Saturday, January 19, 2008

Federal contracts required Blackwater to repair shot-up vehicles

After its armored vehicles were shot up by enemy gunfire during the September 16 incident at Nisoor Square in Baghdad, Blackwater made repairs as required under its State Department contract.

But the company is coming under criticism for destroying evidence in the process, even though no federal investigation was underway when the repairs were made.
It's another case of the security provider getting stuck between two departments of the federal government: the State Department, for which it protects US diplomats in Iraq, and the Justice Department, which opened an investigation of the Nisoor incident - well after Blackwater fixed the damaged vehicles.

Blackwater spokeswoman Anne Tyrrell tells AP that any repairs "would have been done at the government's direction." According to AP, "Blackwater's contract with the State Department requires that the company maintain its vehicles and keep them on the road." That means the company acted properly in repairing the damaged vehicles. Blackwater also repainted its Baghdad fleet shortly after the incident, on State Department instructions, as a security measure to make the familiar white vehicles less conspicuous.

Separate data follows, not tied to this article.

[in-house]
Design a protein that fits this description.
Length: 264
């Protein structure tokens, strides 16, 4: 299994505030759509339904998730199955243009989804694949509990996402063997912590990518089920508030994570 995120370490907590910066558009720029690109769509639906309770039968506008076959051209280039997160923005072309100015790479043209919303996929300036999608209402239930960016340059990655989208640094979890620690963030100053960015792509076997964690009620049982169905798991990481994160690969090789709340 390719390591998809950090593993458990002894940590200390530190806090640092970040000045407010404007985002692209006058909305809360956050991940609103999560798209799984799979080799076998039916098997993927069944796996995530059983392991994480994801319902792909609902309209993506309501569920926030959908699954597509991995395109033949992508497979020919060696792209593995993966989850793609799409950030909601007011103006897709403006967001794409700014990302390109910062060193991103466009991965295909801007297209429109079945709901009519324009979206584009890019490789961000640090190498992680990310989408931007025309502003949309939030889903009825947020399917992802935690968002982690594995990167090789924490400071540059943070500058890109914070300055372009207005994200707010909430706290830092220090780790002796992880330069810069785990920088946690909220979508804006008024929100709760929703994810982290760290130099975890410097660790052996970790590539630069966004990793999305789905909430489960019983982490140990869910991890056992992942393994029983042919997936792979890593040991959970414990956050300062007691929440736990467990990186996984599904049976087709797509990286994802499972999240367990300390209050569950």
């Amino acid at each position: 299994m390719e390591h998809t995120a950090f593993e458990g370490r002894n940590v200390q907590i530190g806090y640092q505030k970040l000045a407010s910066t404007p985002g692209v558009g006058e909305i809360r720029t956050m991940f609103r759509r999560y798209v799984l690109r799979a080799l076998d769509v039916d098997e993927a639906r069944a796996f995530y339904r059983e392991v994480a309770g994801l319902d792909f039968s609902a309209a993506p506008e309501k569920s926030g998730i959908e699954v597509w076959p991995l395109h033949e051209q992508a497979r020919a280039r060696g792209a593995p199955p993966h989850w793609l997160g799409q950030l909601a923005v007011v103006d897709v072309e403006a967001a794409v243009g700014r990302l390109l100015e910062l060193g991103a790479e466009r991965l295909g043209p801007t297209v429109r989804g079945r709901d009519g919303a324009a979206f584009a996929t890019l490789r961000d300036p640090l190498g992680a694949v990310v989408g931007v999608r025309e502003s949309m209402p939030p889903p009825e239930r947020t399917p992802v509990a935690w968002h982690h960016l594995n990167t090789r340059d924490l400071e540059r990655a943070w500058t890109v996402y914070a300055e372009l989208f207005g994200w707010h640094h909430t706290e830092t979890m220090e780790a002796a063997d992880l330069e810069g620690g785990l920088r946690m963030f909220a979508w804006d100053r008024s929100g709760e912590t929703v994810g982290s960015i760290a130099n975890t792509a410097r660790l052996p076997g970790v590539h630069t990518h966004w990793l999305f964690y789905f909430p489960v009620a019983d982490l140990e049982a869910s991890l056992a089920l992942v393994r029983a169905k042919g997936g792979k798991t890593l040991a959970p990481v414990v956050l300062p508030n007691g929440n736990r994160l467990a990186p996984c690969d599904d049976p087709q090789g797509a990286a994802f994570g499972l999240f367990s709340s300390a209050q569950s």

People who allege an obstruction of justice don't know what they're talking about. Especially because the repairs and paint jobs took place well before the FBI and federal grand jury investigations. The ruined evidence, as AP notes, would have ratified Blackwater CEO Erik Prince's word tht his men were fired upon at Nisoor Square and acted properly. AP reports that the repairs make it "harder for Blackwater to prove its innocence."

True to form, the State Department won't talk about it. According to AP, "The State Department would not comment on whether it ordered the repairs to the vehicles involved in the shooting."

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